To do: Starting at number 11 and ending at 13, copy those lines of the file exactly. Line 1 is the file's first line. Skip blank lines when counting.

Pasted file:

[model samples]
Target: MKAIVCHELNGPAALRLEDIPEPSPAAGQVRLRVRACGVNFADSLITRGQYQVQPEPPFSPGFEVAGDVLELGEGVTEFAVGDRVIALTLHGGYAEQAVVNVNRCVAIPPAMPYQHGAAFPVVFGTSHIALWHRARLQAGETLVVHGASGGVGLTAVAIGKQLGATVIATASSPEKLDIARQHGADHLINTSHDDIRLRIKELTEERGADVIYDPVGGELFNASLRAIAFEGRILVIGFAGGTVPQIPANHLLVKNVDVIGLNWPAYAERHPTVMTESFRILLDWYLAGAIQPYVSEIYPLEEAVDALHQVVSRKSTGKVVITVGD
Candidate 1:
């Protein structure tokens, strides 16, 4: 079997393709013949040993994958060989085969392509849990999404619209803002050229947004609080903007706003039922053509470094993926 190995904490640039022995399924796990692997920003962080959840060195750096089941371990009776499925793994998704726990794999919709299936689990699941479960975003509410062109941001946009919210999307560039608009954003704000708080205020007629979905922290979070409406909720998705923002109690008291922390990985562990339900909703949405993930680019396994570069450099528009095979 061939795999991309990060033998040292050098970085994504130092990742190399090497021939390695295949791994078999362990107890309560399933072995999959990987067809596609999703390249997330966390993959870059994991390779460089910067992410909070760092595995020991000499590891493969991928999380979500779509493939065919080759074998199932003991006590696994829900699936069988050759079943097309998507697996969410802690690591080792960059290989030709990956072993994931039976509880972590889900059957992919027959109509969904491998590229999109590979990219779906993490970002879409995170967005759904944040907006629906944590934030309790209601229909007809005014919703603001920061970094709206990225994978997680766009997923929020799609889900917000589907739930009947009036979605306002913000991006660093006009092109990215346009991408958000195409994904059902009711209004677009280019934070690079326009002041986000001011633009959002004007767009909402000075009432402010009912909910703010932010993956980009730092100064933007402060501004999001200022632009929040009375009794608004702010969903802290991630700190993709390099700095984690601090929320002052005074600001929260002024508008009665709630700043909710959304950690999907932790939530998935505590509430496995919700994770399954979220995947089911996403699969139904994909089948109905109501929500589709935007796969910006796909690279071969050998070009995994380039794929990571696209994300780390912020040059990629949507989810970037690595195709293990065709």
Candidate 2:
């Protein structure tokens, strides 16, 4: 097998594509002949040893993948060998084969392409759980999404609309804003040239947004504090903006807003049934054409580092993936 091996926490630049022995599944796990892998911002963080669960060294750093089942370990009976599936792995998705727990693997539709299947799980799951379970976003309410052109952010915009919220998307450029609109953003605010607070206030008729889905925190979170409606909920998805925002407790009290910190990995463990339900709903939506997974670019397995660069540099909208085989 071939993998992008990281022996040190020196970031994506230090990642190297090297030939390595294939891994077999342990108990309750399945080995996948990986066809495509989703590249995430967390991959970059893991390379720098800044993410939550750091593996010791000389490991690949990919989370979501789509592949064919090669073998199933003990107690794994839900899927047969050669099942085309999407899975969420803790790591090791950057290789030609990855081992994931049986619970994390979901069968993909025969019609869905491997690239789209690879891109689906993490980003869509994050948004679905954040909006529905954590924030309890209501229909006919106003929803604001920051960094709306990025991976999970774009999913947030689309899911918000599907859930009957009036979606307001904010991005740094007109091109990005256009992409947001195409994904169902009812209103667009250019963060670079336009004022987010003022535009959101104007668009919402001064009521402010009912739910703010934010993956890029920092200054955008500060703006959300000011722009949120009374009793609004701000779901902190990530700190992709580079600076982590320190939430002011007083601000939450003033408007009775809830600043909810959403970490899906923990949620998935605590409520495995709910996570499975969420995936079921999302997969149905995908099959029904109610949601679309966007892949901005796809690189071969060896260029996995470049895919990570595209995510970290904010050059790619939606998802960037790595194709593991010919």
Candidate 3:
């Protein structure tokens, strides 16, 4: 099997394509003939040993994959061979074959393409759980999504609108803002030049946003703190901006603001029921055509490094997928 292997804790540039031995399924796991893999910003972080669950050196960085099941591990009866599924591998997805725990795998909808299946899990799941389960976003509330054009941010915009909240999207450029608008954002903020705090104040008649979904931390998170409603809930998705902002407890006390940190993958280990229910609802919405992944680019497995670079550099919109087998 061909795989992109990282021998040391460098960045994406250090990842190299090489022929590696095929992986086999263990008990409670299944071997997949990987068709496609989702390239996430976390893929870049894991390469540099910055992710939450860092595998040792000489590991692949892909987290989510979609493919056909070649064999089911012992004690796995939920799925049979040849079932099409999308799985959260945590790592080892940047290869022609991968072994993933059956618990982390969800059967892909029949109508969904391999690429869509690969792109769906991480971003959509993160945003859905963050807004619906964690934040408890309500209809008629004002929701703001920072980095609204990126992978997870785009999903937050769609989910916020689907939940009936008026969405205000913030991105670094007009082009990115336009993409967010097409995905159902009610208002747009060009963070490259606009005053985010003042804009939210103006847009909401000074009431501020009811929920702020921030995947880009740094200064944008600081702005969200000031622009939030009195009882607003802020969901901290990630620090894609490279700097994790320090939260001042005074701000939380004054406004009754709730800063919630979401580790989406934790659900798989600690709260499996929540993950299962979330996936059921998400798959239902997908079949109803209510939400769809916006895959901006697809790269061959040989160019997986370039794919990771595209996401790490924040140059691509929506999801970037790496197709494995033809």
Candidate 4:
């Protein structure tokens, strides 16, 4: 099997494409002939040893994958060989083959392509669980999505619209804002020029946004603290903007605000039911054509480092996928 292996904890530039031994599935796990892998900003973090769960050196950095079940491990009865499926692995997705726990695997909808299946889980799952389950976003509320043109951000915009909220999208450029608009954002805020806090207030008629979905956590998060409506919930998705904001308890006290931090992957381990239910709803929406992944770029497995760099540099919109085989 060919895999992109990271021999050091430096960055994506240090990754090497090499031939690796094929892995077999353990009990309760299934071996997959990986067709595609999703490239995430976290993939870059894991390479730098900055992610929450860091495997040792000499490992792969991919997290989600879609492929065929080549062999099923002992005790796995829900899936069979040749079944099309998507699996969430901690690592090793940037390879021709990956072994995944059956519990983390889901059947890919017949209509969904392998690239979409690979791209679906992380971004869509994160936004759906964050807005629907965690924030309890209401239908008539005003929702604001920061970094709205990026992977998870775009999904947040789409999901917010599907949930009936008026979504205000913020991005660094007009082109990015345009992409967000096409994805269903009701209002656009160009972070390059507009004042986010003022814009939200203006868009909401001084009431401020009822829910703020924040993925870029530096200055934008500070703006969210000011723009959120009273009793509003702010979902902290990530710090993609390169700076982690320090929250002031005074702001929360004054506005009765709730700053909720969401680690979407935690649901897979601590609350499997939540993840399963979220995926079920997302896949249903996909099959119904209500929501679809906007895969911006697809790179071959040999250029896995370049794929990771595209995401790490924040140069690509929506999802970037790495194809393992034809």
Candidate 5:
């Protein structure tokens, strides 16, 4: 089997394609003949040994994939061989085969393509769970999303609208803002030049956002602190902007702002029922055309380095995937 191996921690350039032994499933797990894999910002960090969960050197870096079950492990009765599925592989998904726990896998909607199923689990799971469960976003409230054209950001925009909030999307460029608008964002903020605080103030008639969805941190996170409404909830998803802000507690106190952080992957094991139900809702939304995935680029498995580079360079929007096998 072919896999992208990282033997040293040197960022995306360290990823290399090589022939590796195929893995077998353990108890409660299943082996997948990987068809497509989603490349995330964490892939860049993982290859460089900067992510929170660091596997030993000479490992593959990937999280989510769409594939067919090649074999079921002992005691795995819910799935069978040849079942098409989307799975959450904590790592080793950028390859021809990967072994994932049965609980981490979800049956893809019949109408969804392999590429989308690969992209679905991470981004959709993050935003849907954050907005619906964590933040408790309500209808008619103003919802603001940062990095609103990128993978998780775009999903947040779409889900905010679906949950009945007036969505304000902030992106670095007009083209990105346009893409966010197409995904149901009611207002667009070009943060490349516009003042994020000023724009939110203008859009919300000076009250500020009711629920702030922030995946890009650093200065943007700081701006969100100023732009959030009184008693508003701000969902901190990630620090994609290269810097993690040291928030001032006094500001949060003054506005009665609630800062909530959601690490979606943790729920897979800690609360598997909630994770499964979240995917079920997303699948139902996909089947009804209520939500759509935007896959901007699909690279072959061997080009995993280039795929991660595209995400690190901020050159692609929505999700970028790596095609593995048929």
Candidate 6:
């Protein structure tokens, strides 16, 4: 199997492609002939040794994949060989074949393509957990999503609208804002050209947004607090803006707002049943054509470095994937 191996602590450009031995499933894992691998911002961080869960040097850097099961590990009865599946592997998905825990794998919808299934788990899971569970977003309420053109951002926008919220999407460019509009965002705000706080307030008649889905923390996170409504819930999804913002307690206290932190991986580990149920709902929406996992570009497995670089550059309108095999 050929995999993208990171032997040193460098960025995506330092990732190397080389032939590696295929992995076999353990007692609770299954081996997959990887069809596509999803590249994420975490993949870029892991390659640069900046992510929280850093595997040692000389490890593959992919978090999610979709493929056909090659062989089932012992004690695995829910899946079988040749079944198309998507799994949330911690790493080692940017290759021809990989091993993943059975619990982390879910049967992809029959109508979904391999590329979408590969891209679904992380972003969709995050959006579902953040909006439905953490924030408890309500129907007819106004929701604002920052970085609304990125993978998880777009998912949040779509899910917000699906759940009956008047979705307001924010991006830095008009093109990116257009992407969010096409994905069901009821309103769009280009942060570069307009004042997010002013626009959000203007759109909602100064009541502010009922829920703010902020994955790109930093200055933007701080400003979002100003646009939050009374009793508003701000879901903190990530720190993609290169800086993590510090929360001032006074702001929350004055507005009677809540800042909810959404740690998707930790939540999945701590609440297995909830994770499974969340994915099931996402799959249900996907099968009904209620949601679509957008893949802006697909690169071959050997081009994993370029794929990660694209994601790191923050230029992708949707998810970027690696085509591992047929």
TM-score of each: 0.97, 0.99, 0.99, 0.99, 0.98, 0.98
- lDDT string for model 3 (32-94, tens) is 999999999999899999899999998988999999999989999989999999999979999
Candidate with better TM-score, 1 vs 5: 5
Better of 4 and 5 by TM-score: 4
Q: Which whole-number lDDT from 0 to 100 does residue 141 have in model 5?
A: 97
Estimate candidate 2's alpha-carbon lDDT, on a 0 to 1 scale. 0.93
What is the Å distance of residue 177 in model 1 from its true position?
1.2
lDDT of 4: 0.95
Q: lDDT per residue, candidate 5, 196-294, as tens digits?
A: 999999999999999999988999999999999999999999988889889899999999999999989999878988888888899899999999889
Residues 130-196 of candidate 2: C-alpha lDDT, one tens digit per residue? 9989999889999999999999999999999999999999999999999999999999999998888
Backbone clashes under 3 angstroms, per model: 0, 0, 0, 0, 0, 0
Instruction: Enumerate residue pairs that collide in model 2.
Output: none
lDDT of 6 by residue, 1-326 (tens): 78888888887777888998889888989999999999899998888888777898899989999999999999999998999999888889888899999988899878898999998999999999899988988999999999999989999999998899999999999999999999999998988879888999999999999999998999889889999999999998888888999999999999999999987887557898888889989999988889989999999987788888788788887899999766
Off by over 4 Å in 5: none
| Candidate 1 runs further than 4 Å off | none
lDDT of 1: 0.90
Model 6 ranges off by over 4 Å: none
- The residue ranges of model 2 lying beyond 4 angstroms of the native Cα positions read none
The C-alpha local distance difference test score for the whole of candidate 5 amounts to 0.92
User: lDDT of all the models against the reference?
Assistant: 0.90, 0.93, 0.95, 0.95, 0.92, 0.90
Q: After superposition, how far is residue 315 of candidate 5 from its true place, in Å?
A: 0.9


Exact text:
Candidate 5:
């Protein structure tokens, strides 16, 4: 089997394609003949040994994939061989085969393509769970999303609208803002030049956002602190902007702002029922055309380095995937 191996921690350039032994499933797990894999910002960090969960050197870096079950492990009765599925592989998904726990896998909607199923689990799971469960976003409230054209950001925009909030999307460029608008964002903020605080103030008639969805941190996170409404909830998803802000507690106190952080992957094991139900809702939304995935680029498995580079360079929007096998 072919896999992208990282033997040293040197960022995306360290990823290399090589022939590796195929893995077998353990108890409660299943082996997948990987068809497509989603490349995330964490892939860049993982290859460089900067992510929170660091596997030993000479490992593959990937999280989510769409594939067919090649074999079921002992005691795995819910799935069978040849079942098409989307799975959450904590790592080793950028390859021809990967072994994932049965609980981490979800049956893809019949109408969804392999590429989308690969992209679905991470981004959709993050935003849907954050907005619906964590933040408790309500209808008619103003919802603001940062990095609103990128993978998780775009999903947040779409889900905010679906949950009945007036969505304000902030992106670095007009083209990105346009893409966010197409995904149901009611207002667009070009943060490349516009003042994020000023724009939110203008859009919300000076009250500020009711629920702030922030995946890009650093200065943007700081701006969100100023732009959030009184008693508003701000969902901190990630620090994609290269810097993690040291928030001032006094500001949060003054506005009665609630800062909530959601690490979606943790729920897979800690609360598997909630994770499964979240995917079920997303699948139902996909089947009804209520939500759509935007896959901007699909690279072959061997080009995993280039795929991660595209995400690190901020050159692609929505999700970028790596095609593995048929």
Candidate 6: